They do what I call wing-assisted jumping. If they have enough room, and start out several feet from a three foot fence, they can get over it, just.

    For pet-quality runners, there is a variety of body types, I have a couple of slender medium-height girls, one fairly big tall girl, a really buxom girl, and a few petite but not extremely tall girls. The smaller ones can jump the farthest.

    Try the nesting areas, place them low, don't be surprised if they are not used, or used only a little bit. I used big cheese boxes one year, but they lost interest. They like corners, so in their current night pen (a room in my walkout basement), I have attached 2' plywood panels in a few places. The layers make their own nests in those corners and seem to really like that.

    For swimming, we use concrete mixing pans. Those are heavy duty and easy to clean, a good size for up to four runners at a time, sometimes five if they are feeling like having a party.

    We use a 2% slope, smooth pea gravel and sand under the swim pans, and need to muck it out and replace material once or twice a year.

    Nighttime water is in the watering station.

    Here is a nesty spot.
    [​IMG]
    Here is the watering station, with pelleted sawdust in the bottom.
    [​IMG]

    About the drakes. Plan your space so you can separate your flock into up to, I would say at least three zones. It is entirely up to your drakes as to whether they will get along at all, especially during mating season (starts around Valentine's Day here). Being able to subdivide the flock has been a bigger blessing than you may be able to imagine. Also there needs to be a designated sick bay area for injured, ill, or cranky ducks.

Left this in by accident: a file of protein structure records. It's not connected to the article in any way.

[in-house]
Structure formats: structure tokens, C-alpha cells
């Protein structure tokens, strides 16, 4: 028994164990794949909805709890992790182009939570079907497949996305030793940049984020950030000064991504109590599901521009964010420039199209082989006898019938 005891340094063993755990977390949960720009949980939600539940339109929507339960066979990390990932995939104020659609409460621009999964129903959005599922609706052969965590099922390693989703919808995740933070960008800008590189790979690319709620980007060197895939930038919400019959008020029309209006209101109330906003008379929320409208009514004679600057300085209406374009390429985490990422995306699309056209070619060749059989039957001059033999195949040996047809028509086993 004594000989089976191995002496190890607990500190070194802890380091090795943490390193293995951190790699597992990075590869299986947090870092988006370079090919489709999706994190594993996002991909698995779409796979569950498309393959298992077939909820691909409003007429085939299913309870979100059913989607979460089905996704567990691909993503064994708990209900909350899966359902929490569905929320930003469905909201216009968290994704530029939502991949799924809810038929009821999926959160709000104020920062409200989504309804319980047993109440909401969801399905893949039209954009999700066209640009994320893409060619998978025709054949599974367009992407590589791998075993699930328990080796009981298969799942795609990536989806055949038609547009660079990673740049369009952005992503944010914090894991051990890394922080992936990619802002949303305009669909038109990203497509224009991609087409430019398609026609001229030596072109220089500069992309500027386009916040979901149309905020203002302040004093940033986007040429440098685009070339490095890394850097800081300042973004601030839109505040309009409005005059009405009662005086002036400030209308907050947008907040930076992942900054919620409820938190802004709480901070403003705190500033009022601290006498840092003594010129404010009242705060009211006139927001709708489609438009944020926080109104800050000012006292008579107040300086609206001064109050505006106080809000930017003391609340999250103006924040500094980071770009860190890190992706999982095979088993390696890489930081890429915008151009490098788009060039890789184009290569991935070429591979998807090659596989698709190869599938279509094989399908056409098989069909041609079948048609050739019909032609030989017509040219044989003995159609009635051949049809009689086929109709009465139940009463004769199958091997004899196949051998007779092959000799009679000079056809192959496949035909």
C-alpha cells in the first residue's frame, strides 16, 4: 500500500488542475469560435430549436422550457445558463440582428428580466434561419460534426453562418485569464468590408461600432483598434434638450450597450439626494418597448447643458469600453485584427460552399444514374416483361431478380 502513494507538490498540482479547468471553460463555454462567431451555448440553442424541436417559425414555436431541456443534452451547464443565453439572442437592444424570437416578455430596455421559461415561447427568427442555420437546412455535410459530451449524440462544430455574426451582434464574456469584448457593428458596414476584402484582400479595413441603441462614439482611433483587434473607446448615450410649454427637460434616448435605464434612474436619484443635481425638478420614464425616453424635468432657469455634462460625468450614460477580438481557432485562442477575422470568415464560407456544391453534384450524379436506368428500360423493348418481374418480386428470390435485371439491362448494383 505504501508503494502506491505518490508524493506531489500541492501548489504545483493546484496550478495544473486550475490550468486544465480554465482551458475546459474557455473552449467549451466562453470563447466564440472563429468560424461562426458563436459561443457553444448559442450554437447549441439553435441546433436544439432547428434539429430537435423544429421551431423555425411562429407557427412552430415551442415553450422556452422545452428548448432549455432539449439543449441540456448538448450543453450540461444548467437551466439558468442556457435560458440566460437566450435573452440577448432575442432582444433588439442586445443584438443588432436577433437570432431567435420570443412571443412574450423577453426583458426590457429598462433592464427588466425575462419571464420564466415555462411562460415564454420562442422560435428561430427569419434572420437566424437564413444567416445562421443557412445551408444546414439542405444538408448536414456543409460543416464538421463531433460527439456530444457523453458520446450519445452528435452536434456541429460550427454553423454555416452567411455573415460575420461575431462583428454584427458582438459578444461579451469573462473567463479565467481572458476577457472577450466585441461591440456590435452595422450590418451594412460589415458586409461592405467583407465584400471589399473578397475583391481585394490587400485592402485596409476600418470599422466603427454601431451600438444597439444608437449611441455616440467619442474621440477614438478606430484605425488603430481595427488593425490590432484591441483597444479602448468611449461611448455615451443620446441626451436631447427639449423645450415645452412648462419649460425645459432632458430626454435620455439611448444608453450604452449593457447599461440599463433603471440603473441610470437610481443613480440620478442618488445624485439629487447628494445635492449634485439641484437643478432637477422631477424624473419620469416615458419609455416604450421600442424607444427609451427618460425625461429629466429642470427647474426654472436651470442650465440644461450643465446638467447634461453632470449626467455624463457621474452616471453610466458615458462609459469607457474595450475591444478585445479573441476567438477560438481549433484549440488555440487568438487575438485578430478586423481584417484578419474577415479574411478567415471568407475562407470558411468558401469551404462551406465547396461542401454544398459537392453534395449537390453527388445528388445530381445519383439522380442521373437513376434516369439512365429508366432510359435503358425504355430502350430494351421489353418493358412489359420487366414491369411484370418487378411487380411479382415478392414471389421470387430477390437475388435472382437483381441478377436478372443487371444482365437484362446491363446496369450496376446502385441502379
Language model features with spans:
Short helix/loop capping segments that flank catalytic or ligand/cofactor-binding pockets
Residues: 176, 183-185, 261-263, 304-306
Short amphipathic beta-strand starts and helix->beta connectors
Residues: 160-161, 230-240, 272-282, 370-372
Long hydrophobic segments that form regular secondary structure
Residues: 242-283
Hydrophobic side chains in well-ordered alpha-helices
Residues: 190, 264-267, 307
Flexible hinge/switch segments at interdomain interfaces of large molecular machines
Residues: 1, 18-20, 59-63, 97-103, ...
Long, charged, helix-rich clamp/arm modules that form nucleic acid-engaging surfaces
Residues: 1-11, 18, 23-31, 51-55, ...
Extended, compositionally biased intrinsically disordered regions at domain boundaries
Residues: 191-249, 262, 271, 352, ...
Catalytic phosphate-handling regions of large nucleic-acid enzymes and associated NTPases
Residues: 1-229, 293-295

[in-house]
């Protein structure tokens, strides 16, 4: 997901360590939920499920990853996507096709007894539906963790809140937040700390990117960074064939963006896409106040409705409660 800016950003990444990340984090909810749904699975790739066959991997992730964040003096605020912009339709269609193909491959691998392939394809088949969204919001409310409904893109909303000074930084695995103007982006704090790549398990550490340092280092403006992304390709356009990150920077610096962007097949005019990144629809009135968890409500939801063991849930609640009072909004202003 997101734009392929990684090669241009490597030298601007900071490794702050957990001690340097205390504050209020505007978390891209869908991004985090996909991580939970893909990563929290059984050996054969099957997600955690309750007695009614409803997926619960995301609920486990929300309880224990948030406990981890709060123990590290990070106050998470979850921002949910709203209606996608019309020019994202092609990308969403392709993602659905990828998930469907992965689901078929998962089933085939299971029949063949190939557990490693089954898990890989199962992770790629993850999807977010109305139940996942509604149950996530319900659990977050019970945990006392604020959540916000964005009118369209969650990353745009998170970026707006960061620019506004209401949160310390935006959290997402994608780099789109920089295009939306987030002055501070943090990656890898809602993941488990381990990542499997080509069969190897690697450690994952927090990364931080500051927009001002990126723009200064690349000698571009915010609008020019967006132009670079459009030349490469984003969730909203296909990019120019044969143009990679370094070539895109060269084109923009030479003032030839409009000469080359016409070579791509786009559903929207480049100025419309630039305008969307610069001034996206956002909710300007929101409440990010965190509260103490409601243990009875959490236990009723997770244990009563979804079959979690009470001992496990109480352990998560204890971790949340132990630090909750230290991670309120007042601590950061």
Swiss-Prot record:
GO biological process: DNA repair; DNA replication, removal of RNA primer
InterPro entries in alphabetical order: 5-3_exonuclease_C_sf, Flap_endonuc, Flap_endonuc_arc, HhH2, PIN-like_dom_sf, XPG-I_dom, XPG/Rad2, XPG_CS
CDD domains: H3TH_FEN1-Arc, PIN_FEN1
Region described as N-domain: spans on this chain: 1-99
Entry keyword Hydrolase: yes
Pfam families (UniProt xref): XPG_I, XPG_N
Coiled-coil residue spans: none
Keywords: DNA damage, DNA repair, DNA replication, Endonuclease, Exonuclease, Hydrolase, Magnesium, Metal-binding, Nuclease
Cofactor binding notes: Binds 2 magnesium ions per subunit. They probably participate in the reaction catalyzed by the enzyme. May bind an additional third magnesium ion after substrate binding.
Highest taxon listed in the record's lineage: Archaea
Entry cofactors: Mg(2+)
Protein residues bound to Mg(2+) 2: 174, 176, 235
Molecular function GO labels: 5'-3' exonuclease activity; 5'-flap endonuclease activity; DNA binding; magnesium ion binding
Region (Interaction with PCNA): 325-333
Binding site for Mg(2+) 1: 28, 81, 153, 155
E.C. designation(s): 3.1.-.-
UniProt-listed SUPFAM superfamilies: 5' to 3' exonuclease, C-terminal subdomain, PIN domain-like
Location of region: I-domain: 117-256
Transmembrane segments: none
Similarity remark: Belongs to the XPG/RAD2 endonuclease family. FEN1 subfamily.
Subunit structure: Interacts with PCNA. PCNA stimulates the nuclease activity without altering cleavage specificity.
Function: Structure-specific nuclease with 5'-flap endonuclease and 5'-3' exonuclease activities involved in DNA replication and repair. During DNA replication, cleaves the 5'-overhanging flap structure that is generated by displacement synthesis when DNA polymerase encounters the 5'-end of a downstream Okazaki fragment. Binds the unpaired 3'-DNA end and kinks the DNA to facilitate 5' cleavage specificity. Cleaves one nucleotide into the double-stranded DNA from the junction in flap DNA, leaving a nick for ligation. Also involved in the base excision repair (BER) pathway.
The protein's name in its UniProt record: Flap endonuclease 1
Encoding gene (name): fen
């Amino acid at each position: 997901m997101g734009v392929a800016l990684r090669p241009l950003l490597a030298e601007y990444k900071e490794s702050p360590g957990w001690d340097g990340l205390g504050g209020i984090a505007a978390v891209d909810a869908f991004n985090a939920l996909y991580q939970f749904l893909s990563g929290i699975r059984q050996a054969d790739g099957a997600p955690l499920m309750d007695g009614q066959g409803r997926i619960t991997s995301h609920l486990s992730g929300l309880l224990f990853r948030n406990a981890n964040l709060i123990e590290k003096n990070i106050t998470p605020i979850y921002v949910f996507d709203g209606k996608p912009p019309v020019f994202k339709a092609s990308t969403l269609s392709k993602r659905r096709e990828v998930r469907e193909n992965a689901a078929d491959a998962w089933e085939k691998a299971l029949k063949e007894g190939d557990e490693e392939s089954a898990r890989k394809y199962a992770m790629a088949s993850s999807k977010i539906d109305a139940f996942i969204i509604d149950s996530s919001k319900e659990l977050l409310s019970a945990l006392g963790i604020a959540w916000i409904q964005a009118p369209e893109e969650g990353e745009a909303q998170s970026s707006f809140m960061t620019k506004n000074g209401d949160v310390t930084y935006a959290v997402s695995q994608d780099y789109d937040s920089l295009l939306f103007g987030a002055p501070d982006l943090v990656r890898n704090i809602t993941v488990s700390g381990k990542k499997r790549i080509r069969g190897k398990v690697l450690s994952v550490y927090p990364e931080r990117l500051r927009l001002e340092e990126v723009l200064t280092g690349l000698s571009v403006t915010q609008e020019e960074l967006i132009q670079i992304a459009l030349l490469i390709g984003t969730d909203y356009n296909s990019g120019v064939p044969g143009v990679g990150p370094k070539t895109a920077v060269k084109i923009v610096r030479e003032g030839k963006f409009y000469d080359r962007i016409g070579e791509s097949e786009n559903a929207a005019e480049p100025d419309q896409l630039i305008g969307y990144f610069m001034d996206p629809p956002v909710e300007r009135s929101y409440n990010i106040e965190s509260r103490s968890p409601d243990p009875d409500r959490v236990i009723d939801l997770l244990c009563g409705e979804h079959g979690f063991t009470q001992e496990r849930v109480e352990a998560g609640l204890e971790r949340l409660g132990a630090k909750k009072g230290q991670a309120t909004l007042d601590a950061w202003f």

Last edited: Dec 21, 2013
  4. TOP KNOT

    TOP KNOT Chillin' With My Peeps

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    I ordered four female and one male of every color that Murray McMurray sells so there are 20 total. Blue, black, chocolate, and fawn and white. [​IMG]
     
  5. TOP KNOT

    TOP KNOT Chillin' With My Peeps

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  6. Amiga

    Amiga Overrun with Runners Premium Member

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    While they are laying, most lay at least five a week. Laying season has changed a bit each year, getting shorter. The first year, they went 16 months laying, then a month or two off. Then there was about 14 months laying, then two or three months off, then when we brought Bean and his girls into the flock, we went on strike for five months, and laid for 8 months.

    So they are good layers, and I feel that stressors can affect their laying. I don't mind them taking time off. Their fertilizer is always good, they always eat pests and weeds, they are such a good bunch of critters - some of the best company I have ever known.